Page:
Investors seem to have an extreme aversion to selling
American investors have "heard" that selling puts is
inherently risky. And this belief has been reinforced by the
mainstream financial media. Simply put: Most "experts" in the
financial media portray this kind of strategy as too complicated
for the average investor. Again, they want you to buy the next
For whatever reason, there's no doubting that this fear of
exists. The fear is real. But the evidence for this fear is
And yes, selling puts can be dangerous - but only if you use
them in incredibly stupid ways.
But I can guarantee that once you learn how to use this
type of investment, you will immediately begin to see the whole
world of finance in a different light.
Instead of "paying" people to invest your hard-earned money, you
learn to get paid to invest. I know it sounds like a strange
concept, but hear me out because it's a strategy professionals
have used successfully for years.
The first key to selling puts safely and profitably is knowing
the real risks in owning an asset's shares. We need to assure
ourselves the assets on which we sell puts are fundamentally
For instance, take
It's a commodity that we feel comfortable owning for the long
haul, mostly due to the ongoing uncertainty in the global
) is currently trading for $19.27.
In my opinion, the price is a little inflated. I prefer to pay
Remember when I said we want to get paid to be investors?
Well, given our desire to own silver at $18.50 - we can get paid.
Think about that: we can get PAID to agree to buy a silver
at a lower price that we prefer.
I don't want to get into the details in this short column, but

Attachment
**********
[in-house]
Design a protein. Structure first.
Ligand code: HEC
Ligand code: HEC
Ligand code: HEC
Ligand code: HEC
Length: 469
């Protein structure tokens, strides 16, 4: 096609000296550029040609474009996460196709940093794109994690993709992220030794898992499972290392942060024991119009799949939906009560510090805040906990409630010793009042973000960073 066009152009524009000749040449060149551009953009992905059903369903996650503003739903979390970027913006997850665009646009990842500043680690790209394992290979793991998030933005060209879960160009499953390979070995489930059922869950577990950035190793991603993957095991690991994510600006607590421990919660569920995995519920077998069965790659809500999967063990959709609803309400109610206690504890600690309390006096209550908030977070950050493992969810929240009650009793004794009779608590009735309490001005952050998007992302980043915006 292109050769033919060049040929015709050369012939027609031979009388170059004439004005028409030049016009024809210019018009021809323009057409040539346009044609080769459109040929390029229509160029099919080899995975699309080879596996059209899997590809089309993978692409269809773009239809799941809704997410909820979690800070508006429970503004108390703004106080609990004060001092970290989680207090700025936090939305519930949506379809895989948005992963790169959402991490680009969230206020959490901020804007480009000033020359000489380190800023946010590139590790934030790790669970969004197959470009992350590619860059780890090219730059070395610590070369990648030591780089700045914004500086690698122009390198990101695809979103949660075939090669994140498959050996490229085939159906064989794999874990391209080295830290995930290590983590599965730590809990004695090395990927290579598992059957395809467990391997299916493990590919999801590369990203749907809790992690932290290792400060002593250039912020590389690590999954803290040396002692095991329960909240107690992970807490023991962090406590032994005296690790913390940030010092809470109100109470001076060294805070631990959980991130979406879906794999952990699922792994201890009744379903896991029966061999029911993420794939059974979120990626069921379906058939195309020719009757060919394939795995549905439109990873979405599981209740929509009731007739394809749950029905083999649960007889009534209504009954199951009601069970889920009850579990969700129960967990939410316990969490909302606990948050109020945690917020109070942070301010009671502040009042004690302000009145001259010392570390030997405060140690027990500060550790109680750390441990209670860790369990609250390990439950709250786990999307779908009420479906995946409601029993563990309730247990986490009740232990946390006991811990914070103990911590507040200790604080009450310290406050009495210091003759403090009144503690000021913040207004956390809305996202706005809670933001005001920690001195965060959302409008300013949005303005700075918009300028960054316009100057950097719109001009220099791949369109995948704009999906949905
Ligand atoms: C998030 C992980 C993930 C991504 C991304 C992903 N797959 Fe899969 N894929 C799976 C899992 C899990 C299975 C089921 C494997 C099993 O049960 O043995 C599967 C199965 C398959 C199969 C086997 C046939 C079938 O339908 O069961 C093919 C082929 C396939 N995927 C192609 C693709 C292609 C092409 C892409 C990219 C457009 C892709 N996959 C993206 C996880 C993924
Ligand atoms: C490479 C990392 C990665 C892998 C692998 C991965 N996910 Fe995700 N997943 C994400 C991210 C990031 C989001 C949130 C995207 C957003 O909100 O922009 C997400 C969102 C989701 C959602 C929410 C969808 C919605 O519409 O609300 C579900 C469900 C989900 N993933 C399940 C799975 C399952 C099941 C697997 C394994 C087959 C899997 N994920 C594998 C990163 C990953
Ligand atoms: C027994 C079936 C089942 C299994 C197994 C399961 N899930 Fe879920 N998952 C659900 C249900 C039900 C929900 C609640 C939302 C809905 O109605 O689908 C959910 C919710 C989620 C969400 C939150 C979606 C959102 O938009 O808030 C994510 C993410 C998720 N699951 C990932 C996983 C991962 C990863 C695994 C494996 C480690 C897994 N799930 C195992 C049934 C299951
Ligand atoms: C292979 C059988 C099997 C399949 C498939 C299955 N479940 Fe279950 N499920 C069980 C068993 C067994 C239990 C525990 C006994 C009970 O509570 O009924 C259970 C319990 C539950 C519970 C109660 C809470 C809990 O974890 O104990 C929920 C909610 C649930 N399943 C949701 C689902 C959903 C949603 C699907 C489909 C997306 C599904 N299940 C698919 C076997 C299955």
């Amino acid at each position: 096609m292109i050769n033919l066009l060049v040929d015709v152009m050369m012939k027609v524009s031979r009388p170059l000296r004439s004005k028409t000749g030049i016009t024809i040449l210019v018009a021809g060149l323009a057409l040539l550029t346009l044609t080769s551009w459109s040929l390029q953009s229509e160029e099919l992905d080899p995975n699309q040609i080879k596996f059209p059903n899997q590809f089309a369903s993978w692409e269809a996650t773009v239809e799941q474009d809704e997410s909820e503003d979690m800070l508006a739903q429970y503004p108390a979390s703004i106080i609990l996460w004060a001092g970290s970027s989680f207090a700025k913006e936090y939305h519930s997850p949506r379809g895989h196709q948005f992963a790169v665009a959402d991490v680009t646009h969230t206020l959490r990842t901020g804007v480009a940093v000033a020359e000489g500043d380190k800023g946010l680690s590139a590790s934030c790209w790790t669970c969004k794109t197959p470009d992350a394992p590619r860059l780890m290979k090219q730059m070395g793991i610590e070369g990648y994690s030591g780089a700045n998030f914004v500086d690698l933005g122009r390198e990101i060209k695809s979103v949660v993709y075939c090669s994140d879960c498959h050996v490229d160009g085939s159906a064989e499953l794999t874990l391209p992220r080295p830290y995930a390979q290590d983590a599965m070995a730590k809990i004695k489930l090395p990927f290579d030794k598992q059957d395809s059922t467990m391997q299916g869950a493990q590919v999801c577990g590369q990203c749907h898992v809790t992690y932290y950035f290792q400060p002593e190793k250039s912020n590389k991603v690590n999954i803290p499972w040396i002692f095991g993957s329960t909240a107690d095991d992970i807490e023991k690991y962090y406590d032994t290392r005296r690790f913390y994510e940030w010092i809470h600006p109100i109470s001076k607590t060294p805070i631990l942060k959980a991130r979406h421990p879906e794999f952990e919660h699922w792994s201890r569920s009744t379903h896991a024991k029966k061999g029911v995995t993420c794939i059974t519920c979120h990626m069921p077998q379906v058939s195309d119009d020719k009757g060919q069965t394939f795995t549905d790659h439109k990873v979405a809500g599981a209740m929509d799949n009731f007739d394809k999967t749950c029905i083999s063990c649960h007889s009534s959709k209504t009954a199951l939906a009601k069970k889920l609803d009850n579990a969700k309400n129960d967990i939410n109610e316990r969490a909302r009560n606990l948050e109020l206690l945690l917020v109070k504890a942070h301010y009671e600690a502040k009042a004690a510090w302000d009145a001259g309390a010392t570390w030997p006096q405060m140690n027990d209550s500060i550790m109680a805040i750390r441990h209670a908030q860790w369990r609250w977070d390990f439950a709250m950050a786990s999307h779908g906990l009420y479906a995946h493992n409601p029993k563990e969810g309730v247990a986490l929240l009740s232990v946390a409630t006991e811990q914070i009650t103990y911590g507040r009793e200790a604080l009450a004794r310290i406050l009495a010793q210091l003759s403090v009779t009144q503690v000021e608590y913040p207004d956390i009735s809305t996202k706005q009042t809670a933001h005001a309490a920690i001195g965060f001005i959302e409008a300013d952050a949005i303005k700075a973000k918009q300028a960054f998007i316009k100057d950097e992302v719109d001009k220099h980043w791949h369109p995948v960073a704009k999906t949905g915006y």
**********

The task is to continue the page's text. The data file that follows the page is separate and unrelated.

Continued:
we can sell one put contract that gives us the ability to buy 100
shares of SLV at $18.50 a share - and collect an immediate
And no matter what happens, we get to keep that $45. If SLV
stays above $18.50 - the $45 we collected is ours.
But for the sake of understanding, we should examine the
alternative - SLV closing below $18.50 by option expiration in
roughly 45 days.
In that case, we'd keep the $45 and be forced to buy the
silver ETF at $18.50 per share.
In this case, we'd actually own the silver ETF for $18.05 per
share - that's the $18.5 strike price minus the $0.45 premium.
That 6.3% less than SLV's current market price.
Here's that math:
Initial income from sold put premium - $45
Purchase 100 shares of SLV at $18.50 - $1,850
Initial outlay - $1,805
The important thing to remember is that if the stock
trades below $18.50 by option expiration, you become a
shareholder just like everyone else . . . but at a
One way to think about it is that you'd receive roughly $360
on a $1,850 investment annually. This works out to 19.5% on your
To me, this safe 19.5% return is superb given the current
and other safe investments . . .
Simply, selling puts is not inherently dangerous. If used
correctly, it's no more dangerous than buying a
blue-chip dividend-paying stock
And if you're interested in income, it's something you owe to
yourself to look into.
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